Objective: Human immunodeficiency virus (HIV) persistence in blood and tissue reservoirs, including the brain, is a major barrier to HIV cure and possible cause of comorbid disease. However, the size and replication competent nature of the central nervous system (CNS) reservoir is unclear. Here, we used the intact proviral DNA assay (IPDA) to provide the first quantitative assessment of the intact and defective HIV reservoir in the brain of people with HIV (PWH).
Methods: Total, intact, and defective HIV proviruses were measured in autopsy frontal lobe tissue from viremic (n = 18) or virologically suppressed (n = 12) PWH. Total or intact/defective proviruses were measured by detection of HIV pol or the IPDA, respectively, through use of droplet digital polymerase chain reaction (ddPCR). HIV-seronegative individuals were included as controls (n = 6).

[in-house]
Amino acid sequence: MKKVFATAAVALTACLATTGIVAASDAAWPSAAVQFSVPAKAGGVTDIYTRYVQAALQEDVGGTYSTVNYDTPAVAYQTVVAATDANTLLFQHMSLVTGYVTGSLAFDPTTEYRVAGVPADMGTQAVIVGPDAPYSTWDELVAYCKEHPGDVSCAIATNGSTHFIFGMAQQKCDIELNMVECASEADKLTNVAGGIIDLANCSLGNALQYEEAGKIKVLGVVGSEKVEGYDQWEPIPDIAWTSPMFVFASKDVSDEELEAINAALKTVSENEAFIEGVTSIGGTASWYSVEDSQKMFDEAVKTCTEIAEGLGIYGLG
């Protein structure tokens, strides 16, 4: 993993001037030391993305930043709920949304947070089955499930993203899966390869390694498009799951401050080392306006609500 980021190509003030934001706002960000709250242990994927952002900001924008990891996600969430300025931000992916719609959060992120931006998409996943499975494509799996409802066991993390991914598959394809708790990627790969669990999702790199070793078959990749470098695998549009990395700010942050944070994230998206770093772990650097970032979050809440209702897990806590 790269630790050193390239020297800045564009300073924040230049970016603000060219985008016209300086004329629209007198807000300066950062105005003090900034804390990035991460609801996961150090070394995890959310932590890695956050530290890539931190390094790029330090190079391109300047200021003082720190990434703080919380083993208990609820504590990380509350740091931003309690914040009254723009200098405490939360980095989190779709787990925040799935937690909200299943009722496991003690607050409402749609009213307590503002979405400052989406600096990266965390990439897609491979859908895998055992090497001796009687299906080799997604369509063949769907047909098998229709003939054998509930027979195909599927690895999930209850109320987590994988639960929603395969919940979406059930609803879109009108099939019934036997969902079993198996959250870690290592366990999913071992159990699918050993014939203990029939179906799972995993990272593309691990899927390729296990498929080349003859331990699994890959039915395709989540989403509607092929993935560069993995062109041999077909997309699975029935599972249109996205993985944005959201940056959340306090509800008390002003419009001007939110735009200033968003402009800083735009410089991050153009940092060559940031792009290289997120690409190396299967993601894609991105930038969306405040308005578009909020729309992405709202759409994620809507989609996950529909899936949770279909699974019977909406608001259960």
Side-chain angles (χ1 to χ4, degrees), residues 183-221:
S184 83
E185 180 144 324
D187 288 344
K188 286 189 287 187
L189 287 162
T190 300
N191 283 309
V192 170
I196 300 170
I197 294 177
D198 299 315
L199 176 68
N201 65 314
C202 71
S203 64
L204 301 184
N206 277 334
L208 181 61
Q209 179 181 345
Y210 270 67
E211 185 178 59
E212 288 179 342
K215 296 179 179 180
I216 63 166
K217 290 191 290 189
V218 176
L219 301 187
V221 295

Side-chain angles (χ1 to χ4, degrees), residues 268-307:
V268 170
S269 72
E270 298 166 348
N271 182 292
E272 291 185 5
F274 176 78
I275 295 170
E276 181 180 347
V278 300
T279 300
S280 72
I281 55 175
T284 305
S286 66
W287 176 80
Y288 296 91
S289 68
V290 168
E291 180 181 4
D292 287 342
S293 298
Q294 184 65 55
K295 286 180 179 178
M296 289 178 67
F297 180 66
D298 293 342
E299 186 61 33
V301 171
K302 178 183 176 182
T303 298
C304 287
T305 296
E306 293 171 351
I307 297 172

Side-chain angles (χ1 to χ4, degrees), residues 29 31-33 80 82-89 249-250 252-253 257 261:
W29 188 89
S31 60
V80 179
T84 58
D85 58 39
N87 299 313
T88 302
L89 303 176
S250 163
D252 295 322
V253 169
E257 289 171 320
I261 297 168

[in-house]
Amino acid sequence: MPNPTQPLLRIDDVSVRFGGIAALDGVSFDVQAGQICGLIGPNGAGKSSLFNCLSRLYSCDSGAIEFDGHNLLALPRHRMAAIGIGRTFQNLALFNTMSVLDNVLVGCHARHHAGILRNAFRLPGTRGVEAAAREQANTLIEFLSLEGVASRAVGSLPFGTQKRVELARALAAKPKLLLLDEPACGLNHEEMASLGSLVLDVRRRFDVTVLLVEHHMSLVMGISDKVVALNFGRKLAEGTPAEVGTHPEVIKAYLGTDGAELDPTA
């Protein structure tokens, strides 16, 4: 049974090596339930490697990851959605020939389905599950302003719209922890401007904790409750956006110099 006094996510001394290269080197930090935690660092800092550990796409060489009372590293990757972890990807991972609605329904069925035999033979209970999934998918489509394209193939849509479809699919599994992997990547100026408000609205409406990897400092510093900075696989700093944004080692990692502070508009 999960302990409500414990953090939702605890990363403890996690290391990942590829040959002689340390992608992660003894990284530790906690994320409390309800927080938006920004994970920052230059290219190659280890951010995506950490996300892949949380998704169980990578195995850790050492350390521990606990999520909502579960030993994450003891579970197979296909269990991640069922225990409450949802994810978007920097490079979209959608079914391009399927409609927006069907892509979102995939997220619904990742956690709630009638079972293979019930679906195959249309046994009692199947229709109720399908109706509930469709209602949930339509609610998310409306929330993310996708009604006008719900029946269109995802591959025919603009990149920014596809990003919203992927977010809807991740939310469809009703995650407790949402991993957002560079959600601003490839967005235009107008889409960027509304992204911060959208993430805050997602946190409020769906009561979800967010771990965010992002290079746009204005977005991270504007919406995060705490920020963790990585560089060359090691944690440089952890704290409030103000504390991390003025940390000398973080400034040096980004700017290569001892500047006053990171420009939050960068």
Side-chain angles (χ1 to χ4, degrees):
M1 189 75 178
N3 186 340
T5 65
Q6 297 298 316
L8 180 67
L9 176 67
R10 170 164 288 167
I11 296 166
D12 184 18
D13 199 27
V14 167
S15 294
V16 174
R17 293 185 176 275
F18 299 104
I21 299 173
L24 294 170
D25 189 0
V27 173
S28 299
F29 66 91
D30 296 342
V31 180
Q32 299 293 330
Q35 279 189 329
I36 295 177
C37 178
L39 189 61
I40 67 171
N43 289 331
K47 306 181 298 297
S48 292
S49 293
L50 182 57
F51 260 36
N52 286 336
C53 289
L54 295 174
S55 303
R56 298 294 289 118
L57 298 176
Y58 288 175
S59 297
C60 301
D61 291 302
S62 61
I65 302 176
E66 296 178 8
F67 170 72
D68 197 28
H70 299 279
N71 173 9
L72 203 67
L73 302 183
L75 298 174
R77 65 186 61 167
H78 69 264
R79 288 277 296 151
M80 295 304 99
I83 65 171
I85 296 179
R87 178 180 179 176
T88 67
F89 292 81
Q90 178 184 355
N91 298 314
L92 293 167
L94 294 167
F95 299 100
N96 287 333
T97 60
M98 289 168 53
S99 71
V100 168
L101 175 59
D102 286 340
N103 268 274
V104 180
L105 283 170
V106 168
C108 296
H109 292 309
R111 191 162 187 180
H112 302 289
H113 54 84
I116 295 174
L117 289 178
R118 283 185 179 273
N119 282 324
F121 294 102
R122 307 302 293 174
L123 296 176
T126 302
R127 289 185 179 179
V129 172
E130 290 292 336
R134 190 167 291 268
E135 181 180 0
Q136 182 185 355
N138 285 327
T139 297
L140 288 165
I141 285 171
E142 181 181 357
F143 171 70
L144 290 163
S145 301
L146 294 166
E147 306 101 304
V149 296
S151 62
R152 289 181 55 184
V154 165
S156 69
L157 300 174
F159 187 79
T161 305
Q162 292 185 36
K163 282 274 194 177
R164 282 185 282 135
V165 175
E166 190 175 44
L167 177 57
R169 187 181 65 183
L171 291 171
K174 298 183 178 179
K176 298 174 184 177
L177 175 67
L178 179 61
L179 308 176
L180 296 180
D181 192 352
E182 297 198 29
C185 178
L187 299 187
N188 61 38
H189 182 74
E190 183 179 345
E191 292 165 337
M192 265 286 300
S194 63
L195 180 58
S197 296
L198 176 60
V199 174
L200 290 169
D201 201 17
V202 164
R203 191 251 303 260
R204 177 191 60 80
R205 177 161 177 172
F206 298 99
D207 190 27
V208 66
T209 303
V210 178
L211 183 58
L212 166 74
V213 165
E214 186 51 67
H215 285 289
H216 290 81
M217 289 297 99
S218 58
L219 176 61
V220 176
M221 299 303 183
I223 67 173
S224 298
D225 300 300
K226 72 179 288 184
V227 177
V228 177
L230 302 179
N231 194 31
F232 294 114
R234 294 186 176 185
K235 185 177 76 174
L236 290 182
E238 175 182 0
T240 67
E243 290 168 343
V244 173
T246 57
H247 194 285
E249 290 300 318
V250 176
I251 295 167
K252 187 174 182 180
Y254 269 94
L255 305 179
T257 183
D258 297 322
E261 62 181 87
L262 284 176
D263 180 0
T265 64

Results: Total HIV DNA was present at similar levels in brain tissues from untreated viremic and antiretroviral (ART)-suppressed individuals (median = 22.3 vs 26.2 HIV pol copies/106 cells), reflecting a stable CNS reservoir of HIV that persists despite therapy. Furthermore, 8 of 10 viremic and 6 of 9 virally suppressed PWH also harbored intact proviruses in the CNS (4.63 vs 12.7 intact copies/106 cells). Viral reservoirs in CNS and matched lymphoid tissue were similar in the composition of intact and/or defective proviruses, albeit at lower levels in the brain. Importantly, CNS resident CD68+ myeloid cells in virally suppressed individuals harbored HIV DNA, directly showing the presence of a CNS resident HIV reservoir.
Interpretation: Our results demonstrate the first evidence for an intact, potentially replication competent HIV reservoir in the CNS of virally suppressed PWH. ANN NEUROL 2022;92:532-544.
© 2022 The Authors. Annals of Neurology published by Wiley Periodicals LLC on behalf of American Neurological Association.